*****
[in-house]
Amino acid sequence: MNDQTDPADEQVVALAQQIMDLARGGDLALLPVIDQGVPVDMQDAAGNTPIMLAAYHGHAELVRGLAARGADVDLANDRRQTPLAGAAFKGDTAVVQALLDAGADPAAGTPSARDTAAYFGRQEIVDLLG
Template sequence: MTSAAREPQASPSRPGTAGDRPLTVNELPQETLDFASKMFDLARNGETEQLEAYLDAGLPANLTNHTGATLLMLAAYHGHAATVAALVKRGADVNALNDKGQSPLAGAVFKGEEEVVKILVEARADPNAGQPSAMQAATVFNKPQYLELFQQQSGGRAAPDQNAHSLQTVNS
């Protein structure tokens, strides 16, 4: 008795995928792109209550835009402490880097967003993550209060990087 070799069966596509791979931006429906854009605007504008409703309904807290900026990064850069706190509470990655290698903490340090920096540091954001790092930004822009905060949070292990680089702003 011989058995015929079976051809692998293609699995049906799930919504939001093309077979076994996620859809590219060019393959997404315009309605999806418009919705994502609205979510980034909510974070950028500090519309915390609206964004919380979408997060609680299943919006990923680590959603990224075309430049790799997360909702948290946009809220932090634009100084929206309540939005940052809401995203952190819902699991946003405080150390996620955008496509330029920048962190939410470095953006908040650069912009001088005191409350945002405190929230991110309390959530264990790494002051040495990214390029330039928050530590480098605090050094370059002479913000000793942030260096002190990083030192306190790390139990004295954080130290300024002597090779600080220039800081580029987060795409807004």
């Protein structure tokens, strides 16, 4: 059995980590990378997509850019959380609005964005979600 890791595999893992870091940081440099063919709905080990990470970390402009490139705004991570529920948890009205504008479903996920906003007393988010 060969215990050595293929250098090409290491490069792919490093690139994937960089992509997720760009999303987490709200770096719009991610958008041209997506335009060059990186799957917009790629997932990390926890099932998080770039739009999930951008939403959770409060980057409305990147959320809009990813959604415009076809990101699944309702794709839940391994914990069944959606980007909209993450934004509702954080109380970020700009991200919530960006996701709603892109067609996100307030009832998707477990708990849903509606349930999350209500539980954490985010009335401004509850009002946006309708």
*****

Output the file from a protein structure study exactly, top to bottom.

[in-house]
Amino acid sequence: MNDQTDPADEQVVALAQQIMDLARGGDLALLPVIDQGVPVDMQDAAGNTPIMLAAYHGHAELVRGLAARGADVDLANDRRQTPLAGAAFKGDTAVVQALLDAGADPAAGTPSARDTAAYFGRQEIVDLLG
Template sequence: MTSAAREPQASPSRPGTAGDRPLTVNELPQETLDFASKMFDLARNGETEQLEAYLDAGLPANLTNHTGATLLMLAAYHGHAATVAALVKRGADVNALNDKGQSPLAGAVFKGEEEVVKILVEARADPNAGQPSAMQAATVFNKPQYLELFQQQSGGRAAPDQNAHSLQTVNS
């Protein structure tokens, strides 16, 4: 008795995928792109209550835009402490880097967003993550209060990087 070799069966596509791979931006429906854009605007504008409703309904807290900026990064850069706190509470990655290698903490340090920096540091954001790092930004822009905060949070292990680089702003 011989058995015929079976051809692998293609699995049906799930919504939001093309077979076994996620859809590219060019393959997404315009309605999806418009919705994502609205979510980034909510974070950028500090519309915390609206964004919380979408997060609680299943919006990923680590959603990224075309430049790799997360909702948290946009809220932090634009100084929206309540939005940052809401995203952190819902699991946003405080150390996620955008496509330029920048962190939410470095953006908040650069912009001088005191409350945002405190929230991110309390959530264990790494002051040495990214390029330039928050530590480098605090050094370059002479913000000793942030260096002190990083030192306190790390139990004295954080130290300024002597090779600080220039800081580029987060795409807004």
């Protein structure tokens, strides 16, 4: 059995980590990378997509850019959380609005964005979600 890791595999893992870091940081440099063919709905080990990470970390402009490139705004991570529920948890009205504008479903996920906003007393988010 060969215990050595293929250098090409290491490069792919490093690139994937960089992509997720760009999303987490709200770096719009991610958008041209997506335009060059990186799957917009790629997932990390926890099932998080770039739009999930951008939403959770409060980057409305990147959320809009990813959604415009076809990101699944309702794709839940391994914990069944959606980007909209993450934004509702954080109380970020700009991200919530960006996701709603892109067609996100307030009832998707477990708990849903509606349930999350209500539980954490985010009335401004509850009002946006309708």